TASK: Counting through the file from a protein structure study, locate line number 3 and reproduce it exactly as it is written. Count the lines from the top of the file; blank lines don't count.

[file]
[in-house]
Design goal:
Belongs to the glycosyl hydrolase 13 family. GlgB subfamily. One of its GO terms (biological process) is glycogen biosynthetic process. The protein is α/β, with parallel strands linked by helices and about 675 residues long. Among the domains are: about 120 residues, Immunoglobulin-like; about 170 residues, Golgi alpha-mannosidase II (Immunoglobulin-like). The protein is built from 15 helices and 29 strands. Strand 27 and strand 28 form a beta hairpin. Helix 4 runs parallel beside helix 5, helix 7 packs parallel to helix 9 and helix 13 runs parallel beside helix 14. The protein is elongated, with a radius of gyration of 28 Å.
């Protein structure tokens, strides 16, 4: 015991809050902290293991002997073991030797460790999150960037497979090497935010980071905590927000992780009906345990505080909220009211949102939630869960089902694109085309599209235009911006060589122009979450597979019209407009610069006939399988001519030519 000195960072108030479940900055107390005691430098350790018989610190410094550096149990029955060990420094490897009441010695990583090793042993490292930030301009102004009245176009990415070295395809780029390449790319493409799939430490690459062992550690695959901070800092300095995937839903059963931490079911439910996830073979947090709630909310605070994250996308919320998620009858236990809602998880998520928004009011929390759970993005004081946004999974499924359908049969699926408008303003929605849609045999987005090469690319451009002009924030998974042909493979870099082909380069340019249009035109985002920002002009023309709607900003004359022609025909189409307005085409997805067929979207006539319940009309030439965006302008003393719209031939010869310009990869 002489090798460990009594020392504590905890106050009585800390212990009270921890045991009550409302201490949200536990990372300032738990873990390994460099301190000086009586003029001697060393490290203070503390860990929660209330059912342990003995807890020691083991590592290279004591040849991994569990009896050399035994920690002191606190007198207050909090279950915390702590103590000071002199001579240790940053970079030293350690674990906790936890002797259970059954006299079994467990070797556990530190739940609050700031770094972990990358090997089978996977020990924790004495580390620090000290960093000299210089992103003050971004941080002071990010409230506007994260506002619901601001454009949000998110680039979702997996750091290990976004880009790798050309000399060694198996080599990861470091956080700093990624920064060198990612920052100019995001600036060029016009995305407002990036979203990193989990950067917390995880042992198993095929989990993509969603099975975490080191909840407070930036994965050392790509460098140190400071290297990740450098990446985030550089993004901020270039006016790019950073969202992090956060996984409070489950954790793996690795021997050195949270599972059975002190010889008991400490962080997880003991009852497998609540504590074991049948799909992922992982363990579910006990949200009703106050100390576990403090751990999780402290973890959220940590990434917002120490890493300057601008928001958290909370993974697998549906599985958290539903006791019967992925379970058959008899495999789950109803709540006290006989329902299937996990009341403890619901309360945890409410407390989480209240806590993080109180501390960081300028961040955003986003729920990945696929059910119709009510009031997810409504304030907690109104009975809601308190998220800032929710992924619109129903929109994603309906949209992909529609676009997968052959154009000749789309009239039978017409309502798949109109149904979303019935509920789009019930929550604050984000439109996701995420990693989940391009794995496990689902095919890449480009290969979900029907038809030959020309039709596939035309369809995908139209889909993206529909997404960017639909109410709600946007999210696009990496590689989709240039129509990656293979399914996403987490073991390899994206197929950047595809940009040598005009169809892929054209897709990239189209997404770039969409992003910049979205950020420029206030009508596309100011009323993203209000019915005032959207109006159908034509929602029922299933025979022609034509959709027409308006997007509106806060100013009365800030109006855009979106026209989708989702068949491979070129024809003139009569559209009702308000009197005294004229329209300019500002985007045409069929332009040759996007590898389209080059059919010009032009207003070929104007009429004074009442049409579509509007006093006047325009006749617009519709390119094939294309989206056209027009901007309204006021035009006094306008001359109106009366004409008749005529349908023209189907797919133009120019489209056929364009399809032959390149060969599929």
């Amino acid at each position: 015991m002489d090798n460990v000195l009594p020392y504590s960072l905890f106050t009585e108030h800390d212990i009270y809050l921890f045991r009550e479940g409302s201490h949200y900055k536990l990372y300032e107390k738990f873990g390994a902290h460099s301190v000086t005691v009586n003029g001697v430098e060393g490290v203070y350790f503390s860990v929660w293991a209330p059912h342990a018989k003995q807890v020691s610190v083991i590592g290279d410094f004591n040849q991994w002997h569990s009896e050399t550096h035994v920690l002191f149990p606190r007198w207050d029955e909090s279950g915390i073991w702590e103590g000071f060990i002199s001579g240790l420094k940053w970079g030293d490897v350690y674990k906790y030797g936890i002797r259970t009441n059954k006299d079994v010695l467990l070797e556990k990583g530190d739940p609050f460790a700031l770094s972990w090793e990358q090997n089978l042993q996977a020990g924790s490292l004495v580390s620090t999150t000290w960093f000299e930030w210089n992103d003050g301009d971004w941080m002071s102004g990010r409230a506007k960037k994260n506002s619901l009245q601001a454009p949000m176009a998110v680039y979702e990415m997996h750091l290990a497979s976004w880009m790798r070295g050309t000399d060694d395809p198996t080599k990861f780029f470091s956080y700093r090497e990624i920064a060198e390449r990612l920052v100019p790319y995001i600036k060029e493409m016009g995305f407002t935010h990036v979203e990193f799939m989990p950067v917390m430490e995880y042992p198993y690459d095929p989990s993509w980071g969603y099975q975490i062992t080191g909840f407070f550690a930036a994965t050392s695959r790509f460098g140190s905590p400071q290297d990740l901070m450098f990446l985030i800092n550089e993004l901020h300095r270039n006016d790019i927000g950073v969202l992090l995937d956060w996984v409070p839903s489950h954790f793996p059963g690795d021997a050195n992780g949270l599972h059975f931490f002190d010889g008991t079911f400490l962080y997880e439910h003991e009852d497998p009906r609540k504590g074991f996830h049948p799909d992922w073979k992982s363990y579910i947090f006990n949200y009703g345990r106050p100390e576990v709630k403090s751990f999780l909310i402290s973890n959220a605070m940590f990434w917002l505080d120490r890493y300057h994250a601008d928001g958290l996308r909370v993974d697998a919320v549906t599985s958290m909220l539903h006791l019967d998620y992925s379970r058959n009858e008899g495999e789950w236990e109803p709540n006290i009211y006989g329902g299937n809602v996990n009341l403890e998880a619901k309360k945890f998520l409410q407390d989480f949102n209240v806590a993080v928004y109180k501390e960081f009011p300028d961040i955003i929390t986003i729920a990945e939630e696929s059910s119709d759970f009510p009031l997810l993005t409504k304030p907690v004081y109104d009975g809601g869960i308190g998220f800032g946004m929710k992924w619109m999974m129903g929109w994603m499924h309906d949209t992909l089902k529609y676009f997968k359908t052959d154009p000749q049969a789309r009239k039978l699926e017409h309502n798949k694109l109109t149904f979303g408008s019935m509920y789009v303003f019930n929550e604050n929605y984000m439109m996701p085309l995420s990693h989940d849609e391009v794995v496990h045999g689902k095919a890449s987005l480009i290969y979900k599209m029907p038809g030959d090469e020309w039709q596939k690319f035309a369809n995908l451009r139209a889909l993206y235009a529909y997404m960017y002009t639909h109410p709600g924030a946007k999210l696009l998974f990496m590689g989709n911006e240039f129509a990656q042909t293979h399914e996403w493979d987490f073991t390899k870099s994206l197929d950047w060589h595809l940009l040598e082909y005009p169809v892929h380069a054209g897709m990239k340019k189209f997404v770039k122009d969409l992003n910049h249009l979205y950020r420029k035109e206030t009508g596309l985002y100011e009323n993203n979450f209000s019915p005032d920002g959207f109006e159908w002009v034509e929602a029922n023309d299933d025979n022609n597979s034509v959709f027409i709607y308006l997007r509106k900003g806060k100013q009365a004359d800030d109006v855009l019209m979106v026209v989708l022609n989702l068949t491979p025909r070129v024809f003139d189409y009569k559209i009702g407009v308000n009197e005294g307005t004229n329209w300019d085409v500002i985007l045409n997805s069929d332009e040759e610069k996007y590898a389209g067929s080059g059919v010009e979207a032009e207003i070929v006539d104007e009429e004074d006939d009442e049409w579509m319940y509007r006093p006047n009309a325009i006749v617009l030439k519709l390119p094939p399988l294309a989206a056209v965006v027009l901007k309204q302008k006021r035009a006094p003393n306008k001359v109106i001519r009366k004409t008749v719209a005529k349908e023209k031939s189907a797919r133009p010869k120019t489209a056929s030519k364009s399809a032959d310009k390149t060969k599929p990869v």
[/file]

Belongs to the glycosyl hydrolase 13 family. GlgB subfamily. One of its GO terms (biological process) is glycogen biosynthetic process. The protein is α/β, with parallel strands linked by helices and about 675 residues long. Among the domains are: about 120 residues, Immunoglobulin-like; about 170 residues, Golgi alpha-mannosidase II (Immunoglobulin-like). The protein is built from 15 helices and 29 strands. Strand 27 and strand 28 form a beta hairpin. Helix 4 runs parallel beside helix 5, helix 7 packs parallel to helix 9 and helix 13 runs parallel beside helix 14. The protein is elongated, with a radius of gyration of 28 Å.